Montreal will always be a special place for defenseman Oliver Ekman-Larsson. For it was there, inside the Bell Centre, the Coyotes picked him sixth overall at the 2009 NHL Draft.
“I will remember that day for the rest of my life,” Ekman-Larsson said on Tuesday, inside the Bell Centre after the first of two Coyotes practices this week in the City of Saints before Thursday’s game vs. the Canadiens. “It was a big day for me and my family. It was unreal. The crowd was huge and it was an awesome feeling to walk up on that stage.”
I remember covering that Draft for the team’s official web site. Ekman-Larsson attended with his parents, his grandparents and his brother. It was a nerve-racking experience for the young Swede whose English, by his own admission, “wasn’t that great.”
“I was a little bit nervous the day before,” Ekman-Larsson said. “I wasn’t used to the hype of the draft and it was weird to me.”
The first three picks of the 2009 Draft went pretty much as experts predicted with center John Tavares going first to the New York Islanders, defenseman Victor Hedman going second to Tampa Bay, and center Matt Duchene going third to Colorado. The Atlanta Thrashers used the No. 4 pick on winger Evander Kane and the Los Angeles Kings followed by taking center Brayden Schenn with the No. 5 pick.
The Coyotes then pounced on Ekman-Larsson.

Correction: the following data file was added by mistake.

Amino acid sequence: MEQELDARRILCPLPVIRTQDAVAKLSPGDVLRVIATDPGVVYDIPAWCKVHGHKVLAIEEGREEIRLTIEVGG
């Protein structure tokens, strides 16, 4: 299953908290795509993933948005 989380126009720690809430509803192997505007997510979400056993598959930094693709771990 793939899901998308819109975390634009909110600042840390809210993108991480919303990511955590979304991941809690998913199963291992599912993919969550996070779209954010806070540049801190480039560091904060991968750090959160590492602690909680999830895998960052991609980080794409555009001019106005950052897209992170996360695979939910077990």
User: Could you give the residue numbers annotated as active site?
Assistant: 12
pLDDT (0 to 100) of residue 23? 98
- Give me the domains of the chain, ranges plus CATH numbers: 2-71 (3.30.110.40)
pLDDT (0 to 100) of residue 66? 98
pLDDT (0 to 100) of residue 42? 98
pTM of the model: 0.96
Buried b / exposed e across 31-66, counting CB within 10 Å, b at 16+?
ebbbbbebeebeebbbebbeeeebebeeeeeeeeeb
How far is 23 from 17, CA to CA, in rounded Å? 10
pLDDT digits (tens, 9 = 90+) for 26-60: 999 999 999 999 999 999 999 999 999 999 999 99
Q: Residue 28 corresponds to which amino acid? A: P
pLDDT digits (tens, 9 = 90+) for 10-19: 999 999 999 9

“Oliver is a multi-talented defenseman with tremendous potential and we believe he’ll play a big role in the future of the Coyotes,” General Manager Don Maloney said on the day of the draft.
Boy, did he nail it!
Ekman-Larsson, who earned a trip to the All-Star Game and was named the team’s Most Valuable Player last season, will enter Thursday’s game with a career-high six-game point streak, which is tied for the second longest active point streak in the League. In those games he notched two goals and four assists, and, despite a slow start offensively, he ranks in the top-10 among NHL defensemen in points (13) and assists (10).
Regarding his draft, Ekman-Larsson said he recalls watching it unfold without a clue as to when he would be picked.
“I didn’t really know what to expect,” Ekman-Larsson said. “My agent told me he thought I was going in the first round but he didn’t know when. It was a big surprise for me when I heard my name announced.”
It was also time to collect on a promise. Both Oliver’s father and his agent told him they would shave their heads if he were selected in the first round. He was. They did.
“Everything turned out great,” Ekman-Larsson said. “I’m really happy where I am right now and hopefully I can be here for a long time.”
In researching this blog I stumbled across another blog I wrote on June 28, 2009, the day after the NHL Draft.
A noteworthy excerpt:
First-round draft pick Oliver Ekman-Larsson is a really nice young man and I am eager to watch him develop over the next few years. I spoke with Oliver’s father at length about his son, whom he trains, and he provided plenty of good insight. He said Oliver prides himself on crisply and accurately moving the puck to teammates. He also told me Oliver has a terrific slap shot and wrist shot, but that he doesn’t shoot the puck enough. Oliver agreed and told me he plans to work on that.
At last check, Ekman-Larsson has taken 816 shots in 358 NHL games, including a team-high 264 last season alone.